We describe a rare case in which condyloma acuminatum of the urinary bladder was found, with final pathology results revealing underlying SCC of the bladder. Though it is rarely reported, condyloma acuminatum represents one of a few noninvasive squamous lesions of the urinary bladder. Immunocompromised patients appear to be at a greater risk of developing condyloma acuminatum, and in this population, higher reports of disease burden have been found. Owing to the rising prevalence of HPV worldwide and the increasing number of reports documenting condyloma of the bladder found in more subtypes of immunocompromised individuals, it is of growing urological concern. In general, limited data are available to guide treatment options for these skin lesions; however, it is common to pursue conservative measures and escalate to radical surgical options depending on the tumor burden. Condyloma acuminatum has been found to be associated with subsequent or concurrent CIS or SCC of the bladder upon initial biopsy determination. As such, patients found with condyloma of the bladder should be closely monitored for underlying malignancy. Treatment usually involves radical cystectomy, though preoperative or postoperative combinations of chemotherapy or radiation are considered in certain patient populations. As a rare finding, the prognosis remains to be determined.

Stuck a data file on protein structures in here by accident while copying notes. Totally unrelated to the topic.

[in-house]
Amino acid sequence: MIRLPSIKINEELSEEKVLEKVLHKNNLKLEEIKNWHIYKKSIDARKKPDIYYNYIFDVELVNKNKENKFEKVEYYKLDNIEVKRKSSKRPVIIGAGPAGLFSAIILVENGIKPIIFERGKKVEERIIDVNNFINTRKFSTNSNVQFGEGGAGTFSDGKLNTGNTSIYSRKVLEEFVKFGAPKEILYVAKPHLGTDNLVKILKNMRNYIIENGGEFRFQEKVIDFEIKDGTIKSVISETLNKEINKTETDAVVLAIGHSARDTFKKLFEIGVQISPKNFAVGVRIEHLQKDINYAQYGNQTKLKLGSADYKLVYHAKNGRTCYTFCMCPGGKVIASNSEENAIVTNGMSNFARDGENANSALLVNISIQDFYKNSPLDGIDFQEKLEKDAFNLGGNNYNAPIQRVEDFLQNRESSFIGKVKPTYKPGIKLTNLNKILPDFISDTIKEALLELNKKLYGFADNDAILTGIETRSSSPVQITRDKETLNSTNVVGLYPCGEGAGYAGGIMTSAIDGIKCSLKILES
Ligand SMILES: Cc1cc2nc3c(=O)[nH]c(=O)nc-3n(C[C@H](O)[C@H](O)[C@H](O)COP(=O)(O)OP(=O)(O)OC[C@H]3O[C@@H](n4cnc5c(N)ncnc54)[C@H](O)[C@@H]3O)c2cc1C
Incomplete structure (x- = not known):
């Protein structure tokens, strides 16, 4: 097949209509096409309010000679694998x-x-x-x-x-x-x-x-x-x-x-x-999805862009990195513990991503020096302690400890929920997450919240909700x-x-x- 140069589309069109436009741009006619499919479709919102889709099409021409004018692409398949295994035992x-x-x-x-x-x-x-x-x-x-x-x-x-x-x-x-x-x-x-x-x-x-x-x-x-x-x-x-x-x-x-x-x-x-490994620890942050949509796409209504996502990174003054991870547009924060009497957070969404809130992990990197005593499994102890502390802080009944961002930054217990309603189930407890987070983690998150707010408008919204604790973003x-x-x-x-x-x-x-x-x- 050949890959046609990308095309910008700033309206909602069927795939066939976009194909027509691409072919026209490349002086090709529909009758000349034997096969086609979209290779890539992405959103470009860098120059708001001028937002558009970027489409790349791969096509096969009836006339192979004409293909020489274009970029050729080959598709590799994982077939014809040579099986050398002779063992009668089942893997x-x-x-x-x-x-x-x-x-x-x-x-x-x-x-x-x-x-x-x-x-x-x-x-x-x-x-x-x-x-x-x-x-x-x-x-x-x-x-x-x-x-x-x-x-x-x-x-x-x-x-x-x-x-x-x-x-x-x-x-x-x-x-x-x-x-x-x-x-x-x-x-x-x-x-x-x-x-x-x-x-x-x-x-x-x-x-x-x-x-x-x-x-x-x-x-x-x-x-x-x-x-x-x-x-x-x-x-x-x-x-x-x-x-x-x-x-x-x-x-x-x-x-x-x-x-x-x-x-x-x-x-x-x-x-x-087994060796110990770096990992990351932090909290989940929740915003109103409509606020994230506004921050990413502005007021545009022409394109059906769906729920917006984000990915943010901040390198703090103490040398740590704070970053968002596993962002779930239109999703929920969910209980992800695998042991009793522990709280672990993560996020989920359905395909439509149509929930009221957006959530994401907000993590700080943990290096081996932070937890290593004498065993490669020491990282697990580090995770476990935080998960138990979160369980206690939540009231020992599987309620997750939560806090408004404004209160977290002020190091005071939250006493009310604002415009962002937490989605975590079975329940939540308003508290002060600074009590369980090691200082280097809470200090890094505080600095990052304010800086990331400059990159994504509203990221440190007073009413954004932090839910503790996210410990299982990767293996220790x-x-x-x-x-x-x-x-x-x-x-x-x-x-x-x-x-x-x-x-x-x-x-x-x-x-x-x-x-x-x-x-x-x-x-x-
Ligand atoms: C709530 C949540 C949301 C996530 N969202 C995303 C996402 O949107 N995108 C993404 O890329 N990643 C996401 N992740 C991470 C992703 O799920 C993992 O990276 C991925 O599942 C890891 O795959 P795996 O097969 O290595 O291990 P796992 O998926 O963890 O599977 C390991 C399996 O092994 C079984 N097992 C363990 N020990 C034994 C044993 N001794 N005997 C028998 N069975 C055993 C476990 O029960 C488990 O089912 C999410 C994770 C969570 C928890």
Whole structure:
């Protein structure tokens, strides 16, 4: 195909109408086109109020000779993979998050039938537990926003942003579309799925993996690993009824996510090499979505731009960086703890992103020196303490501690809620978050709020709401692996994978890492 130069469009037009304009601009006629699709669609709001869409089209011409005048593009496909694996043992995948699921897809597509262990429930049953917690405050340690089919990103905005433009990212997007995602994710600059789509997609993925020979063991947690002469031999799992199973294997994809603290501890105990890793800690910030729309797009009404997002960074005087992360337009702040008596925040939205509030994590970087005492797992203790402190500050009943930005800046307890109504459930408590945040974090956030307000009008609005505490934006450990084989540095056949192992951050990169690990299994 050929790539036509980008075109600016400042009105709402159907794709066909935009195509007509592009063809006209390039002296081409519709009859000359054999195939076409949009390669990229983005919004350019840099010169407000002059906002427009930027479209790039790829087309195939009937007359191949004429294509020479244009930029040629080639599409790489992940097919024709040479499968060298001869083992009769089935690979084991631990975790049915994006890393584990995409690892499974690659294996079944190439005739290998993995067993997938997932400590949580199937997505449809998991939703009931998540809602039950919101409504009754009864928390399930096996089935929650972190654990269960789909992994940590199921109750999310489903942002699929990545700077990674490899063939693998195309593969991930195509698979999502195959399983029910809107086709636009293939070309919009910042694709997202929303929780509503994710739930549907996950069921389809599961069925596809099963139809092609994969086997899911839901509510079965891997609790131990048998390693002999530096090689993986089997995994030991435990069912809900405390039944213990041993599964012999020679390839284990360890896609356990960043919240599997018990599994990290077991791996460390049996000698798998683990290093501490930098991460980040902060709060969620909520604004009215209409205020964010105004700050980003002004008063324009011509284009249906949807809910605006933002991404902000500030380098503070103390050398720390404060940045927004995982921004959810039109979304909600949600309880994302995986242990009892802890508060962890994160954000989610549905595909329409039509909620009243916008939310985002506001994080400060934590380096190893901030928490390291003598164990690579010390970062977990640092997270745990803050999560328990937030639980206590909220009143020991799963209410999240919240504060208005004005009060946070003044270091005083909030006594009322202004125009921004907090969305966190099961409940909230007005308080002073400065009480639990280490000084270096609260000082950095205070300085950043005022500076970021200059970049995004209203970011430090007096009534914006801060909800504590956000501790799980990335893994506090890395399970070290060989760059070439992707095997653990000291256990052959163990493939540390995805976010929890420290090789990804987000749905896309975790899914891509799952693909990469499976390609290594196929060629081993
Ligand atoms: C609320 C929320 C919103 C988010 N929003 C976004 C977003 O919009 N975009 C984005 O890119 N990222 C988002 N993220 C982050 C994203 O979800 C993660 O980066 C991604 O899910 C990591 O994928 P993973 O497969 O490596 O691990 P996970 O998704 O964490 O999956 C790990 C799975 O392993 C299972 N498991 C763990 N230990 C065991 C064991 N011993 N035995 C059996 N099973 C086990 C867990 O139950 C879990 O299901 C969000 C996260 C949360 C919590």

Availability of data and materials

Not applicable.



Squamous cell carcinoma


Transurethral resection


Human Papillomavirus


Carcinoma in situ


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Department of Urology Division Chief Charles R. Pound, MD, provided support and assisted by reading and approving the final manuscript.


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JW is the sole author of this case report. The author read and approved the final manuscript.

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Correspondence to John A. Whitaker.

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Whitaker, J.A. Condyloma acuminatum of the urinary bladder with underlying squamous cell carcinoma: a case report. J Med Case Reports 16, 449 (2022).